Lalo Complete Piano Trios MDG

Déjà Review: this review was first published in September 2003 and the recording is still available.

Edouard Lalo (1823-1892)
Complete Piano Trios
Piano Trio No.1, in C minor Op.7 (c.1850-52)
Piano Trio No.2, in B minor, Op.2 (c.1850-52)
Piano Trio No.3, in A minor, Op.26 (1880)
Trio Parnassus 
rec. 1992, Furstliche Reitbahn, Bad Arolsen, Germany
MDG 3030482-2 [78]

A contemporary of the great masters Robert Schumann and Johannes Brahms, the French composer Lalo was a most admired composer in his day. Lalo’s Symphonie espagnole, for violin and orchestra is now his most recorded and performed work by quite a distance, with over a dozen versions in the current catalogue. The Cello Concerto has also several available recordings together with one or two versions of the violin concerto, the Concert Russe, the Piano Concerto and his Symphony in C minor which is available occasionally. As the majority of these recordings have been in the catalogue for some years, I sense that Lalo has become rather unfashionable of late. In fact I cannot recall when I last saw a Lalo composition programmed in a UK concert or recital programme.

Lalo was one of the nineteenth century composers drawn to the composition of sumptuous orchestral and virtuoso works. Yet as a member of a string quartet, in which he played the viola and later the violin, he was also able to show his versatility as a composer in the more intimate genre of chamber music and composed a successful string quartet in 1859 rev.1880. Conversely Lalo had already joined the trend away from the string quartet towards the trio – a medium which featured an increasingly prominent role for the piano. With his two piano trios composed around 1850-52 Lalo became one of the first French composers to write for this combination and he went onto produce a third trio almost thirty years later.

The four-movement form of the trios follows the Germanic model of his contemporaries Schumann and Brahms with a sound world somewhere between Mendelssohn and Schumann. Unlike Lalo’s orchestral and concertante works which I often find too predictable and sweet-toothed for my taste, these engaging and colourful piano trios have an enormous vitality, combined with a certain grittiness which took me by surprise. The only drawback for me is Lalo’s failure to state memorable themes, which is probably the reason that these works have not remained in the repertoire unlike those piano trios of Mendelssohn, Schumann and Brahms.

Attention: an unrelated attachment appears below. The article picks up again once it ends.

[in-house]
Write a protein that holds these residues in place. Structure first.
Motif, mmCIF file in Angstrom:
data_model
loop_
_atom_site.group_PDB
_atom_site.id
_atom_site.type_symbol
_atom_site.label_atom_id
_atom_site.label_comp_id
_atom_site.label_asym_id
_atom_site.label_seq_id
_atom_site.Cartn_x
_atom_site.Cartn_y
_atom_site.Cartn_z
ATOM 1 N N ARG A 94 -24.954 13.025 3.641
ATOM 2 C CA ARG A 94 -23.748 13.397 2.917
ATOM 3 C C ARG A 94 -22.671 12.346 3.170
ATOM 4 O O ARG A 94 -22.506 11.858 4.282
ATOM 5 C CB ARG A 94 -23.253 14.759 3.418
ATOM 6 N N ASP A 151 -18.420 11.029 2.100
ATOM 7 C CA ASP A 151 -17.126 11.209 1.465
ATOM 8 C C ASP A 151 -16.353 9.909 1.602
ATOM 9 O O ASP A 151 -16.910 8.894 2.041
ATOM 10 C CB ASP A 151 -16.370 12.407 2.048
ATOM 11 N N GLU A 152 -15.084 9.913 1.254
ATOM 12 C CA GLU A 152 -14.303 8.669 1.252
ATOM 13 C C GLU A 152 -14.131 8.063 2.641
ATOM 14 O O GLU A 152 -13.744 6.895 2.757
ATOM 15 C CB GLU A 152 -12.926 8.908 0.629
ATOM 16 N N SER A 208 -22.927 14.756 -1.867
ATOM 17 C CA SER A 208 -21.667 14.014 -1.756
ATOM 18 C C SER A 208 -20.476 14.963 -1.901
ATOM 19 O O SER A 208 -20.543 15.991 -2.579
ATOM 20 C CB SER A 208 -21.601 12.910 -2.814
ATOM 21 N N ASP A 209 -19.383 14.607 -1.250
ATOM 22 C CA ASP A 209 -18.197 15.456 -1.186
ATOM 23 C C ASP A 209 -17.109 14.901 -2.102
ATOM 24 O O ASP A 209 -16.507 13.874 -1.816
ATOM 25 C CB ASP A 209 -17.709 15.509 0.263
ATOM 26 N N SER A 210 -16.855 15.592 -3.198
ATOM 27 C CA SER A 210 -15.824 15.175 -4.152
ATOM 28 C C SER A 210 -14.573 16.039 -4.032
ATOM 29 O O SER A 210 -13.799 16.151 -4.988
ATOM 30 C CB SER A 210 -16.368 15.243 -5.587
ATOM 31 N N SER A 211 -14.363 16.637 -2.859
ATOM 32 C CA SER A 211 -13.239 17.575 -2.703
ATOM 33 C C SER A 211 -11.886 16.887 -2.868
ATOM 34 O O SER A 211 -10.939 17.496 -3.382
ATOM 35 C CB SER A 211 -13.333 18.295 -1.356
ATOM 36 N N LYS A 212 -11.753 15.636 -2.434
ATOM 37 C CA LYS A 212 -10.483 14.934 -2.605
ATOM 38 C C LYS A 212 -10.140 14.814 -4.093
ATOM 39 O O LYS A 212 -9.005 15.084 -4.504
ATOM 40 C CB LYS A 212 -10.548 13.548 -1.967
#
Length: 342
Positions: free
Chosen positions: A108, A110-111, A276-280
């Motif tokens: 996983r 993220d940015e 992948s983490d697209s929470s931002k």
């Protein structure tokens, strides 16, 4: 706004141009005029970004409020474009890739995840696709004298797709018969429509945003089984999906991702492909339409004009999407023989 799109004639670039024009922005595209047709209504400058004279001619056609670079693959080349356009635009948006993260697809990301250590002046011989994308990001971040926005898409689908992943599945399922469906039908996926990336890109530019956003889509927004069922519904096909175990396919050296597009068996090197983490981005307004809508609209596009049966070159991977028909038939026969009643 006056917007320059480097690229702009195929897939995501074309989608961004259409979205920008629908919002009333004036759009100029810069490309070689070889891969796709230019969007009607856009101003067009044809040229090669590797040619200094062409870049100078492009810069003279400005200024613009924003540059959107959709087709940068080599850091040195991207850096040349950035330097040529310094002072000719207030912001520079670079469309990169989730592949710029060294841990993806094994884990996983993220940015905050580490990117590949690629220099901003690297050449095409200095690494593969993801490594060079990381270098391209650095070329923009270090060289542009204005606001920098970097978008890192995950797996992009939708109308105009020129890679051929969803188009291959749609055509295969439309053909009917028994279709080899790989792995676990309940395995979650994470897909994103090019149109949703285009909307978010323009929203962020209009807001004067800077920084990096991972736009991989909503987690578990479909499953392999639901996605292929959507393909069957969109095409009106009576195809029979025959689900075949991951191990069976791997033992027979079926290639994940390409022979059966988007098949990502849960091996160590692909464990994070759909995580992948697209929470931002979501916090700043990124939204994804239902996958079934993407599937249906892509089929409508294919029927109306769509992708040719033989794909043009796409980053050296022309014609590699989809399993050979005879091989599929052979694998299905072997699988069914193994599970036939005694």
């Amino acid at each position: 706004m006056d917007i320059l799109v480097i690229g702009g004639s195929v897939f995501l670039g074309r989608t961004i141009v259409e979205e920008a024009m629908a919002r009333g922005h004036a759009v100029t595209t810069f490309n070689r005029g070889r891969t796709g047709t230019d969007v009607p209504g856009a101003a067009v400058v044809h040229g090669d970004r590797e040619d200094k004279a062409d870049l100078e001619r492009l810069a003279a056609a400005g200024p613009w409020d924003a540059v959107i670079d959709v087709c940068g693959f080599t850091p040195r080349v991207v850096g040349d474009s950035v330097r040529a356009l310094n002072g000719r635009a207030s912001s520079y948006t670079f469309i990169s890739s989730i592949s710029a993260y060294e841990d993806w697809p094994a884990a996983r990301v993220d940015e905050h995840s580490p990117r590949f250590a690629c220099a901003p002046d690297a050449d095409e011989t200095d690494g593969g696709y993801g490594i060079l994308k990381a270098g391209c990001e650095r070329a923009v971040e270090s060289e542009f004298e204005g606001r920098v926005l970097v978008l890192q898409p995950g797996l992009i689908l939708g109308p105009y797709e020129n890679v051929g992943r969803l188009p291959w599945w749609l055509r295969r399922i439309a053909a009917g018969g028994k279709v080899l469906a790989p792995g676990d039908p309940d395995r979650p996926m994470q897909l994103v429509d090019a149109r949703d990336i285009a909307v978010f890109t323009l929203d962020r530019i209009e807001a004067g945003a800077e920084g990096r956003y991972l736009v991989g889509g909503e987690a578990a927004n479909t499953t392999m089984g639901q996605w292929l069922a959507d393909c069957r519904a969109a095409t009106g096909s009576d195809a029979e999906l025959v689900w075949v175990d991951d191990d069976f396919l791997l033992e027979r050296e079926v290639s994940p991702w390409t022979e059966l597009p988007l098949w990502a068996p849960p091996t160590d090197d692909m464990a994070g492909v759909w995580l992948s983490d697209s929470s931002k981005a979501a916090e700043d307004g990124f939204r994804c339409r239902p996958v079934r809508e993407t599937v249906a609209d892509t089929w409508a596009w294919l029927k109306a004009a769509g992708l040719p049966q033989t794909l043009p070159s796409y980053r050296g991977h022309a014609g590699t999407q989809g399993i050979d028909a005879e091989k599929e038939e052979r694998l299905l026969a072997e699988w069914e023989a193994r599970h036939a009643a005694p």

The talented Trio Parnassus are most persuasive, conveying a marvellous spirit which gives sparkle and joy to the proceedings. I particularly like how the players demonstrate an attentive ear for one another together with enviable individual élan. Chai Chow is a marvellous chamber pianist, always in control, leading the trio forward with tremendous assurance. We are not informed what make of piano Chai Chow is playing but the tone is superb. This is heard to great effect in the finale of the Piano trio No. 1, on track 4, point 0:46. The string players too give really fine performances, clearly relishing the challenge, offering a gorgeous sound and marvellously in tune. A fine example of their beautiful string playing is heard in the allegro sectionof the Piano Trio No. 2, on track 5, first from cellist Michael Gross at point 1:35, shortly followed by the violin of Wolf-Dieter Steicher at point 1:57.

I am familiar with the only two comparative versions of these three piano trios that I understand to be currently available in the catalogue. There is a version from the Trio Salomon on Meridian CDE84437 and secondly a superior set of the two from the Barbican Trio on ASV CDDCA899. Neither of the Meridian and ASV recordings can, I feel, compete with the style and vitality of this version from the Trio Parnassus, which I now consider to be the premier recommendation.

This was recorded back in 1992 and although we are not told I would guess that these works may have been previously released. I have come across the Trio Parnassus on record a couple of times previously and they are clearly a most talented ensemble giving impressive readings of these attractive Lalo works. The sound quality from MDG is very fine, if just lacking a touch of transparency at the expense of warmth and the booklet notes are informative but perhaps, somewhat too technical in parts.

This is a most beautiful and appealing release, guaranteed to please chamber music lovers.

Michael Cookson

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